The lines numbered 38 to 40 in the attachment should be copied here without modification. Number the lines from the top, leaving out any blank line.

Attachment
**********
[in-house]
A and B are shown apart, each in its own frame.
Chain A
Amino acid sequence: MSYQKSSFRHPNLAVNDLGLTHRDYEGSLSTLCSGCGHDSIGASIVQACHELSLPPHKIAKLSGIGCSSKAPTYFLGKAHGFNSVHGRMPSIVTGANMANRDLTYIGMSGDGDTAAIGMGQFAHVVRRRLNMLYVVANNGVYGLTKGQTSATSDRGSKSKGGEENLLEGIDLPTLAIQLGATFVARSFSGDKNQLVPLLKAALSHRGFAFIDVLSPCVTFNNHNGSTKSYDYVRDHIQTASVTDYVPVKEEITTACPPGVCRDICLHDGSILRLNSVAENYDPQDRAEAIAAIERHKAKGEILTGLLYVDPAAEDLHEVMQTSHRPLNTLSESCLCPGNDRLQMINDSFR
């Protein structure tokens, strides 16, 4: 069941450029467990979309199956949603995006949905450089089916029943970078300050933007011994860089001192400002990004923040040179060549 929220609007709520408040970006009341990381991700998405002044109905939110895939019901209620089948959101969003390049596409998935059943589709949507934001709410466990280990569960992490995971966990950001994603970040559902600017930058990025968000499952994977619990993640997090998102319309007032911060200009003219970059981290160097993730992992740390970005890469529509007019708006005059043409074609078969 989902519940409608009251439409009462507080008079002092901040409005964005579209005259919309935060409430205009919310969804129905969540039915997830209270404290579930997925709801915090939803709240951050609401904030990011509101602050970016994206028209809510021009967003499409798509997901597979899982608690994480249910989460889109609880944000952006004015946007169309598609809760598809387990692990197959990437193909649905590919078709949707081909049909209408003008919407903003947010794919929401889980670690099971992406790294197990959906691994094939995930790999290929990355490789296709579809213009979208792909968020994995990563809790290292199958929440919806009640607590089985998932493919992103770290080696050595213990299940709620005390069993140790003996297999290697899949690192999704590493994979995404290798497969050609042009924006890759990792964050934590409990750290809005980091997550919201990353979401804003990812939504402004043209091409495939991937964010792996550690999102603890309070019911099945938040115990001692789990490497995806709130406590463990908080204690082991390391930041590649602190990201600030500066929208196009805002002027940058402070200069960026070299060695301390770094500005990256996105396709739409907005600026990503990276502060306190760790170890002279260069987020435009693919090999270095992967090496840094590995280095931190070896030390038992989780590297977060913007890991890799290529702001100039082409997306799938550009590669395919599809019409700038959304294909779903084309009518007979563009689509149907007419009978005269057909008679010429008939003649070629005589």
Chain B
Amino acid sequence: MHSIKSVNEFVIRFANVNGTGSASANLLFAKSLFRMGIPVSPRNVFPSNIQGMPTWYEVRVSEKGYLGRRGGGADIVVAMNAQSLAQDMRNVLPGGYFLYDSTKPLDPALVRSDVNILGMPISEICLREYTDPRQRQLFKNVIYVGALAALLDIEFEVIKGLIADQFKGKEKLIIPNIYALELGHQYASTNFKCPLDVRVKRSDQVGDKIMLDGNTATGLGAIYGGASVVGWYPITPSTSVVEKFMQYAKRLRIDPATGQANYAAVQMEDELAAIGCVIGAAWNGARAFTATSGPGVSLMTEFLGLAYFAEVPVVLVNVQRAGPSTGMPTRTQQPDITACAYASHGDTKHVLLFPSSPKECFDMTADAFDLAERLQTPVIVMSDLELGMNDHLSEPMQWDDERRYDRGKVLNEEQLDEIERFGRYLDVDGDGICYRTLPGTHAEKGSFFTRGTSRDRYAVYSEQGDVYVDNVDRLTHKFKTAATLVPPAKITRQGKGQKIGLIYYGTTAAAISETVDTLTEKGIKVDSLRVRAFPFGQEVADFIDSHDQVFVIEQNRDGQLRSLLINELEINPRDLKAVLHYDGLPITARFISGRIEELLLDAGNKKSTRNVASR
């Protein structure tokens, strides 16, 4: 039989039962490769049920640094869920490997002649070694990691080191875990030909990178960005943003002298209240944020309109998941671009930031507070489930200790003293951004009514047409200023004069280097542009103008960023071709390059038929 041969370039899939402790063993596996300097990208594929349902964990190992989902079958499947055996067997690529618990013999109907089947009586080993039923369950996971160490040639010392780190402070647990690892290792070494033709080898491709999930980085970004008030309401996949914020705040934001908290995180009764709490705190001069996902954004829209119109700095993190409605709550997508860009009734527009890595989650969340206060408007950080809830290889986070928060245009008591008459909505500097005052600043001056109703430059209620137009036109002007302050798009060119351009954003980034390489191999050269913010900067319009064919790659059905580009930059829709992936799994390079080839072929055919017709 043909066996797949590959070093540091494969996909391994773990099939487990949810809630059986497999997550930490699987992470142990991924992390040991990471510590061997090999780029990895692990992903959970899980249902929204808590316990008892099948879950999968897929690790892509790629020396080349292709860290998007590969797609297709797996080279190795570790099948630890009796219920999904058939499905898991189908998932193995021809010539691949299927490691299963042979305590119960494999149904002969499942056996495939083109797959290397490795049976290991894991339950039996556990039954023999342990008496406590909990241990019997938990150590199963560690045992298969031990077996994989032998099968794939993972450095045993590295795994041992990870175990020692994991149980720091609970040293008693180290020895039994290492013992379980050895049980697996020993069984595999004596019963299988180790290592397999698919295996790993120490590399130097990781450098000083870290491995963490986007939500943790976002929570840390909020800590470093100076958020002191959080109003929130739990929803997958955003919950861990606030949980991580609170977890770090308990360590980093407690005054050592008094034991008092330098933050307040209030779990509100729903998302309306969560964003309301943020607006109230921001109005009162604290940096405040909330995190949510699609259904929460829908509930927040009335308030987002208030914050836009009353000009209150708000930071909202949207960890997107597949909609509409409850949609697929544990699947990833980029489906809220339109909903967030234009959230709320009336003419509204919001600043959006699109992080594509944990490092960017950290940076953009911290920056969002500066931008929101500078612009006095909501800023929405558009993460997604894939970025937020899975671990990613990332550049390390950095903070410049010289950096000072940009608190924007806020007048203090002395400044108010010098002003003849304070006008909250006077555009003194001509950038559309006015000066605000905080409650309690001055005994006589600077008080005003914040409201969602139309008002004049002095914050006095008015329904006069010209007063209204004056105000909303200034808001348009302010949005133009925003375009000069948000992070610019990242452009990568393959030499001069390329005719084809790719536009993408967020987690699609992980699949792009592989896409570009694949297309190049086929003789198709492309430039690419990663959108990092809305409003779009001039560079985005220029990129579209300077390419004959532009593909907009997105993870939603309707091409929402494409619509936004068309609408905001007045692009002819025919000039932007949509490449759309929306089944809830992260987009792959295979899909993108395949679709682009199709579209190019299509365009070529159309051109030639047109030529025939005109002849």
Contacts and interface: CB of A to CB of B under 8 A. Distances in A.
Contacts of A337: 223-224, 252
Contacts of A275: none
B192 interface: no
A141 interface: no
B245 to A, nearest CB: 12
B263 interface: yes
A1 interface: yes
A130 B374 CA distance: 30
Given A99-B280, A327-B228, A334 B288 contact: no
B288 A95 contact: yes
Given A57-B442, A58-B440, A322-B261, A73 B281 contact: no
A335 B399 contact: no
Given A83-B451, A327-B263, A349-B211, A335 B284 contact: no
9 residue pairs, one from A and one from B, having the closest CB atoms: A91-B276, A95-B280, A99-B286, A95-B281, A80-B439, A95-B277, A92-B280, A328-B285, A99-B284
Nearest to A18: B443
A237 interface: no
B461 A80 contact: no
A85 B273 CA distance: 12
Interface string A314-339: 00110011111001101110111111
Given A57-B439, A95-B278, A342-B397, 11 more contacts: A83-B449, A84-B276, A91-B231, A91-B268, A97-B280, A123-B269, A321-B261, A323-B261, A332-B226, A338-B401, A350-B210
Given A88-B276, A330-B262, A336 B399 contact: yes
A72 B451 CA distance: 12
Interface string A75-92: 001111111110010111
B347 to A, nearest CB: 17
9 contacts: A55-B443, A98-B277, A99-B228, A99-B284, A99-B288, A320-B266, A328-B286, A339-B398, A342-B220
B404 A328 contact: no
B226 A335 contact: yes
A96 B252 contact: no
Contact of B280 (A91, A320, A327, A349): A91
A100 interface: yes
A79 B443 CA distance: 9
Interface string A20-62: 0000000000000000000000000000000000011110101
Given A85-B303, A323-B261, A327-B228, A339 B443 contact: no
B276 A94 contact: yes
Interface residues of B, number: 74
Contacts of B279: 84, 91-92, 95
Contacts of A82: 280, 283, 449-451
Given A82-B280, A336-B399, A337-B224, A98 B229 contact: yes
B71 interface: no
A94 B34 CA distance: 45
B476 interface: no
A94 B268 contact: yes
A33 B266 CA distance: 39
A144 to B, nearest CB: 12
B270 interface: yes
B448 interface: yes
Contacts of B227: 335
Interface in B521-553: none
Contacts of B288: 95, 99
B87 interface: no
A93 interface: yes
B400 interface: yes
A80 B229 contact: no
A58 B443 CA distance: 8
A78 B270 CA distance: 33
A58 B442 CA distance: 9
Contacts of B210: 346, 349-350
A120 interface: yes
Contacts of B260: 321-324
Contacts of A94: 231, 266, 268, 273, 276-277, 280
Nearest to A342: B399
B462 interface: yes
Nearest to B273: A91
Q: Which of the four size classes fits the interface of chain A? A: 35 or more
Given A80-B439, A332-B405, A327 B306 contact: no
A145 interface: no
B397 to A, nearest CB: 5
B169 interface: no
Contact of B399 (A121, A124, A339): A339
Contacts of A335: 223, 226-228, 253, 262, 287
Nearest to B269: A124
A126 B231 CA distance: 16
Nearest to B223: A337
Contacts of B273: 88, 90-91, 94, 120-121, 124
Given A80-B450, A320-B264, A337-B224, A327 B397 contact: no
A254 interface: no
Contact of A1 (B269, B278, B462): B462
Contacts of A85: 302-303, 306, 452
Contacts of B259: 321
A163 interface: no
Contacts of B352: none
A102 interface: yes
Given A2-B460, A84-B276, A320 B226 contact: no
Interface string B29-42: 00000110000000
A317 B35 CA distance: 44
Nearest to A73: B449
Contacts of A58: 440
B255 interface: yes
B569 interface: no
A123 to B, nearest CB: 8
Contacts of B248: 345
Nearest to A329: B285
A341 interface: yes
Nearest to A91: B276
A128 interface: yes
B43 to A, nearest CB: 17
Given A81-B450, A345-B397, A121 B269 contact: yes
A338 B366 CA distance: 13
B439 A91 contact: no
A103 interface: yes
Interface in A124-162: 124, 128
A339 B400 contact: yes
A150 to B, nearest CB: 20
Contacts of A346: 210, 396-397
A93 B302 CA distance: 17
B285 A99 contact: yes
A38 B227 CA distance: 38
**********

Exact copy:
Contact of B280 (A91, A320, A327, A349): A91
A100 interface: yes
A79 B443 CA distance: 9